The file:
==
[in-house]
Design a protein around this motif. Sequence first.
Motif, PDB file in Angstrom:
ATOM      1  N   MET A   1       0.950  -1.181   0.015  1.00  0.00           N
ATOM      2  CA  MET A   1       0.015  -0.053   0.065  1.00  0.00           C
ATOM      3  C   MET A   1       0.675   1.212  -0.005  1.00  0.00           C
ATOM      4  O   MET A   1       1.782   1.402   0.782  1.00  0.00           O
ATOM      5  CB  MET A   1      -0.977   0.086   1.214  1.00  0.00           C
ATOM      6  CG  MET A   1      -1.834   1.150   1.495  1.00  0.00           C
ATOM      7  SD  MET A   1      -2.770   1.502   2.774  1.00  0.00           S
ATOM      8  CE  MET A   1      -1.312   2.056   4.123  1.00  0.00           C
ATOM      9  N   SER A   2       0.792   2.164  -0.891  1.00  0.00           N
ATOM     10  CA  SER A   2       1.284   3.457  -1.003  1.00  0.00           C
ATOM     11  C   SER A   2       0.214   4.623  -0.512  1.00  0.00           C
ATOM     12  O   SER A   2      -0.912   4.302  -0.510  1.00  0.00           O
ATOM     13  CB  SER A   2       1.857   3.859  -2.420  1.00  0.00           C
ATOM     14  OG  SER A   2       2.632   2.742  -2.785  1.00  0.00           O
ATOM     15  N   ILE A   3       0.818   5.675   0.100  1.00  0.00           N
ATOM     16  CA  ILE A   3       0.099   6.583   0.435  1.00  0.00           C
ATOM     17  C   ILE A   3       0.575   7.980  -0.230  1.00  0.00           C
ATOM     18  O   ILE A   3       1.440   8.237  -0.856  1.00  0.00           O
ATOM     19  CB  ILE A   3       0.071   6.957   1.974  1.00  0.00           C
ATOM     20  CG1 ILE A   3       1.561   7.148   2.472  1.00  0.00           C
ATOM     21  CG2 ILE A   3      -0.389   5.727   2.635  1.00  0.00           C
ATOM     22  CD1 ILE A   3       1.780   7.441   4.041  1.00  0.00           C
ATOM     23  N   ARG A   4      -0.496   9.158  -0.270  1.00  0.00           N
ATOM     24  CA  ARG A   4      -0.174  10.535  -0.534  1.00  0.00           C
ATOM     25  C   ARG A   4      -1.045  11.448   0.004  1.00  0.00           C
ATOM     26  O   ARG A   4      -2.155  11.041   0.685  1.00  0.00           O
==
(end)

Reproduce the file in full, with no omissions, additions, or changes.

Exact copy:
[in-house]
Design a protein around this motif. Sequence first.
Motif, PDB file in Angstrom:
ATOM      1  N   MET A   1       0.950  -1.181   0.015  1.00  0.00           N
ATOM      2  CA  MET A   1       0.015  -0.053   0.065  1.00  0.00           C
ATOM      3  C   MET A   1       0.675   1.212  -0.005  1.00  0.00           C
ATOM      4  O   MET A   1       1.782   1.402   0.782  1.00  0.00           O
ATOM      5  CB  MET A   1      -0.977   0.086   1.214  1.00  0.00           C
ATOM      6  CG  MET A   1      -1.834   1.150   1.495  1.00  0.00           C
ATOM      7  SD  MET A   1      -2.770   1.502   2.774  1.00  0.00           S
ATOM      8  CE  MET A   1      -1.312   2.056   4.123  1.00  0.00           C
ATOM      9  N   SER A   2       0.792   2.164  -0.891  1.00  0.00           N
ATOM     10  CA  SER A   2       1.284   3.457  -1.003  1.00  0.00           C
ATOM     11  C   SER A   2       0.214   4.623  -0.512  1.00  0.00           C
ATOM     12  O   SER A   2      -0.912   4.302  -0.510  1.00  0.00           O
ATOM     13  CB  SER A   2       1.857   3.859  -2.420  1.00  0.00           C
ATOM     14  OG  SER A   2       2.632   2.742  -2.785  1.00  0.00           O
ATOM     15  N   ILE A   3       0.818   5.675   0.100  1.00  0.00           N
ATOM     16  CA  ILE A   3       0.099   6.583   0.435  1.00  0.00           C
ATOM     17  C   ILE A   3       0.575   7.980  -0.230  1.00  0.00           C
ATOM     18  O   ILE A   3       1.440   8.237  -0.856  1.00  0.00           O
ATOM     19  CB  ILE A   3       0.071   6.957   1.974  1.00  0.00           C
ATOM     20  CG1 ILE A   3       1.561   7.148   2.472  1.00  0.00           C
ATOM     21  CG2 ILE A   3      -0.389   5.727   2.635  1.00  0.00           C
ATOM     22  CD1 ILE A   3       1.780   7.441   4.041  1.00  0.00           C
ATOM     23  N   ARG A   4      -0.496   9.158  -0.270  1.00  0.00           N
ATOM     24  CA  ARG A   4      -0.174  10.535  -0.534  1.00  0.00           C
ATOM     25  C   ARG A   4      -1.045  11.448   0.004  1.00  0.00           C
ATOM     26  O   ARG A   4      -2.155  11.041   0.685  1.00  0.00           O